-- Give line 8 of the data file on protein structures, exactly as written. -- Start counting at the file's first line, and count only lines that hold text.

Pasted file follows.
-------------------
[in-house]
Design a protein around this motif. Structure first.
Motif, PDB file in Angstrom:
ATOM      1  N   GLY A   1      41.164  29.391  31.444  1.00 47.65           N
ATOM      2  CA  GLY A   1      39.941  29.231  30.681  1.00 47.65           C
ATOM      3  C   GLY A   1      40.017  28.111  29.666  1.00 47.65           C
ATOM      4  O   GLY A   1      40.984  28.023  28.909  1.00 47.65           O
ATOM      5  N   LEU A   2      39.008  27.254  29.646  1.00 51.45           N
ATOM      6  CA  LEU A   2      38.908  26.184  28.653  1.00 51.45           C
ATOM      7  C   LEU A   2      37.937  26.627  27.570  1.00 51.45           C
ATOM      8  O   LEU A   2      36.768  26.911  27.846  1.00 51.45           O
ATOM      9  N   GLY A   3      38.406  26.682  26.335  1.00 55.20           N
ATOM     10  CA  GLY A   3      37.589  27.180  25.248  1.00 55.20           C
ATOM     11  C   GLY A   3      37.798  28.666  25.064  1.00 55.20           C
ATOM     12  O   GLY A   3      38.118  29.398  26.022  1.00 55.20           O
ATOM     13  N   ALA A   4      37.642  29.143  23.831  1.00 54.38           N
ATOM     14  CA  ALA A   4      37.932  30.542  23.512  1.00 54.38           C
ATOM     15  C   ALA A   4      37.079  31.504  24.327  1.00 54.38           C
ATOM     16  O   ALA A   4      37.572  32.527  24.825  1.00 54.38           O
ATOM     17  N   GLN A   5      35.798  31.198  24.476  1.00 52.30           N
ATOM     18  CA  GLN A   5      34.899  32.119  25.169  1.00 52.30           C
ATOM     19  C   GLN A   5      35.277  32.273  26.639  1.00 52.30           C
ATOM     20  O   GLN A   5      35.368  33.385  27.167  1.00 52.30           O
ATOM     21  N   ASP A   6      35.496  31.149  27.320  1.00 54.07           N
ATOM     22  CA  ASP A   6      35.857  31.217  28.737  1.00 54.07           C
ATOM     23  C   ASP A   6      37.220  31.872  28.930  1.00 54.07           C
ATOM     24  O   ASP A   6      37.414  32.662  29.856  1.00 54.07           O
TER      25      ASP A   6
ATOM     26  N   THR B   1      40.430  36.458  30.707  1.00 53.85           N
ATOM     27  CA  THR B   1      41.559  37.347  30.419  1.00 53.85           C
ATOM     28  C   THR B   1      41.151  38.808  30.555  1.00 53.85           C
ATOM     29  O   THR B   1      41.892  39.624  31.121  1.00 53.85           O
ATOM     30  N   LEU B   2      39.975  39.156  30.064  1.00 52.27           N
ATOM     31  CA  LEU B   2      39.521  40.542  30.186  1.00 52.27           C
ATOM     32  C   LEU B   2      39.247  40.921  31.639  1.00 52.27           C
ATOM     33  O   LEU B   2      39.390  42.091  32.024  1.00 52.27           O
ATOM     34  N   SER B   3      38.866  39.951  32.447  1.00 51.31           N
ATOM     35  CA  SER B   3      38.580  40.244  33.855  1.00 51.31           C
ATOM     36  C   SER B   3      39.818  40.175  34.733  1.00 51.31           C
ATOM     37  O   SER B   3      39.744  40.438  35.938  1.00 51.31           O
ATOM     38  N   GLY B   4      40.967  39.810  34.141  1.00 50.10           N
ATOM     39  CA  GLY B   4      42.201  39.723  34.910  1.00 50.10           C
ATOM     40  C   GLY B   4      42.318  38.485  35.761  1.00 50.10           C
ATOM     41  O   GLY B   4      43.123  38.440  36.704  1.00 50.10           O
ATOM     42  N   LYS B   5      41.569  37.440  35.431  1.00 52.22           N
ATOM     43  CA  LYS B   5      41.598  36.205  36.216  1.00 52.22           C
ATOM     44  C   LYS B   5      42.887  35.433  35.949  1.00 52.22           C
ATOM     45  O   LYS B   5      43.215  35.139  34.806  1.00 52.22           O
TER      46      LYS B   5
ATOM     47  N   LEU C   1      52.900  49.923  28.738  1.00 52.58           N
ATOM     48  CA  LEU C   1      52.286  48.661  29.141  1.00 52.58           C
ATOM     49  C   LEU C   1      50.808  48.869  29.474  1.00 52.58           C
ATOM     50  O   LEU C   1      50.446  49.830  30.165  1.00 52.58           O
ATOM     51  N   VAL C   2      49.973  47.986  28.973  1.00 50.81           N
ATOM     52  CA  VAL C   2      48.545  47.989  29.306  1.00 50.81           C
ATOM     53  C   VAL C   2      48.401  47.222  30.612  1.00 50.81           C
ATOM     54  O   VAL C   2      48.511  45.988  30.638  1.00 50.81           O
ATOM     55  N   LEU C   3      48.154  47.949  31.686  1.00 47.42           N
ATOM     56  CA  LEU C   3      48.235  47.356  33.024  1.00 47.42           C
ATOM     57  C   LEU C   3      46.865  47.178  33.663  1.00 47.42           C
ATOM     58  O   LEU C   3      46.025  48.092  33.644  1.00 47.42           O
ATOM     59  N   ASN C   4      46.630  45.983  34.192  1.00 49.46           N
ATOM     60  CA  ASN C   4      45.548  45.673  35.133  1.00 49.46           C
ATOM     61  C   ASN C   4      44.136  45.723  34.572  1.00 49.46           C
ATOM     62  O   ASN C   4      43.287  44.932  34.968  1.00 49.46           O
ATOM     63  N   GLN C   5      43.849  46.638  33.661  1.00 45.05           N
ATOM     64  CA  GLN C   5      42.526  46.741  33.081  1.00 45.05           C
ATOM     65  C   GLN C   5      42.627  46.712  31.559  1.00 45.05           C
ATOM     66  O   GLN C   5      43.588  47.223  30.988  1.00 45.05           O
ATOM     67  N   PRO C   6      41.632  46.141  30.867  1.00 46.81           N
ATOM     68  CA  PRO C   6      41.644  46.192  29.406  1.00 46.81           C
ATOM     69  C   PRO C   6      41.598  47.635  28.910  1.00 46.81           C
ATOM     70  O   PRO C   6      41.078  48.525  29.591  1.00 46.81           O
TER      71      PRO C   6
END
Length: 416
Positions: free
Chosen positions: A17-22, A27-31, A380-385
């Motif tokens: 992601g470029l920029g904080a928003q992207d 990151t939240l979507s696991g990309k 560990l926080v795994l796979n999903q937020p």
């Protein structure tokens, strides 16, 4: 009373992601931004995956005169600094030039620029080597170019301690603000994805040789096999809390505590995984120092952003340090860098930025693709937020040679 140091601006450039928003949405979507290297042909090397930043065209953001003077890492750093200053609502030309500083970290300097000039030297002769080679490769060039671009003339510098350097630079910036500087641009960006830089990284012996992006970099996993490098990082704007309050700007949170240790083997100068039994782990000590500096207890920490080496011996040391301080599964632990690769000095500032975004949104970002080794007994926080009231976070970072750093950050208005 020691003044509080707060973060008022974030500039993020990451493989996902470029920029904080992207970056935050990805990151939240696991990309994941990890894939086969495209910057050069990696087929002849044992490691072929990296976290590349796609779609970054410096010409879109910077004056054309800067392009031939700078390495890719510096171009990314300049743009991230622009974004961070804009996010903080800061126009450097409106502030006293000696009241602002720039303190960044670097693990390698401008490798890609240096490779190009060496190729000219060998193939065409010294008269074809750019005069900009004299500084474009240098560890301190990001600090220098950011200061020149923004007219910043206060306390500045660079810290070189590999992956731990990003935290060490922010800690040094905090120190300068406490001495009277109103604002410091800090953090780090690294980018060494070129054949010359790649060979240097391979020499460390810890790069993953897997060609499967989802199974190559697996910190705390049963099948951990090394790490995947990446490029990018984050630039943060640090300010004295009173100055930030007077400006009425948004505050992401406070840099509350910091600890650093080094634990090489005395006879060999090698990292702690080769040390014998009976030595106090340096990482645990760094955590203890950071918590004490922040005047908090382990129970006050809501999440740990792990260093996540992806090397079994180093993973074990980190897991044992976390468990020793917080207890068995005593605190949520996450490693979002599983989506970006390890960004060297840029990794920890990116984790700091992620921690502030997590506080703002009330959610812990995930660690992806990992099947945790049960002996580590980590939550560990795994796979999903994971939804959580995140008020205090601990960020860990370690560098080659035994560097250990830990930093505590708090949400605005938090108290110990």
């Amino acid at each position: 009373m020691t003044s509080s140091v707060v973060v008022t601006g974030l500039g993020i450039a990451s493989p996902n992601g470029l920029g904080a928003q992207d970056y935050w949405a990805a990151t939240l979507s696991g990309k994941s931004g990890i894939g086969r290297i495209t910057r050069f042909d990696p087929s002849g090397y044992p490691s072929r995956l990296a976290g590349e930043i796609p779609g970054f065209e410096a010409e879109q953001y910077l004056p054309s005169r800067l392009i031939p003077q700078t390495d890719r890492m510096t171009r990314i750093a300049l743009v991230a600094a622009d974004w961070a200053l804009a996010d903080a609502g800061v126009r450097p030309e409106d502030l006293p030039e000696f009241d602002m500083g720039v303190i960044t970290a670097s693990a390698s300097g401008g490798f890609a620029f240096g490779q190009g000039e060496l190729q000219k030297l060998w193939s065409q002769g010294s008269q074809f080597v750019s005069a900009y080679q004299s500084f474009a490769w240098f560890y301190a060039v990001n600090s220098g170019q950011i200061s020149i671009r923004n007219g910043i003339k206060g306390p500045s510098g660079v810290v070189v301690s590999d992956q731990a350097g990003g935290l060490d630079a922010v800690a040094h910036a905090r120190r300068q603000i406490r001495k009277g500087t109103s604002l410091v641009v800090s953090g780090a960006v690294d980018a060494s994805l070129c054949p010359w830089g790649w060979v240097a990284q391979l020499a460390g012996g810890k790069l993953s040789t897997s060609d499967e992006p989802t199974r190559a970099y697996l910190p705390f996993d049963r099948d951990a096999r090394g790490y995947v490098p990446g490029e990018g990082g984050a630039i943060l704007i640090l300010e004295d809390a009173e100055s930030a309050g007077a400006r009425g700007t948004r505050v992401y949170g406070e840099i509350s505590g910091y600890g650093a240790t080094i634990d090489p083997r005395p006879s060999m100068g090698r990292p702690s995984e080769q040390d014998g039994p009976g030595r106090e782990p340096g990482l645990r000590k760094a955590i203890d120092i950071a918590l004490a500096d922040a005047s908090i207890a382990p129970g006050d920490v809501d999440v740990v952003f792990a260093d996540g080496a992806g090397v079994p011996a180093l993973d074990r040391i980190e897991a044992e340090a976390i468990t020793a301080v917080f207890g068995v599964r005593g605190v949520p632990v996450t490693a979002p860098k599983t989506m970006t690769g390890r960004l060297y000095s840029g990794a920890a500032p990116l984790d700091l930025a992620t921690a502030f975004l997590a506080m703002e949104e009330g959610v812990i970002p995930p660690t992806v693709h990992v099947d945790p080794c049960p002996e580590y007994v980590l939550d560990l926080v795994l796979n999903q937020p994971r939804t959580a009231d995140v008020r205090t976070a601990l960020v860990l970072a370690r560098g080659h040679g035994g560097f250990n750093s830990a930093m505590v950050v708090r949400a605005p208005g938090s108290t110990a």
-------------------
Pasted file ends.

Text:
ATOM      5  N   LEU A   2      39.008  27.254  29.646  1.00 51.45           N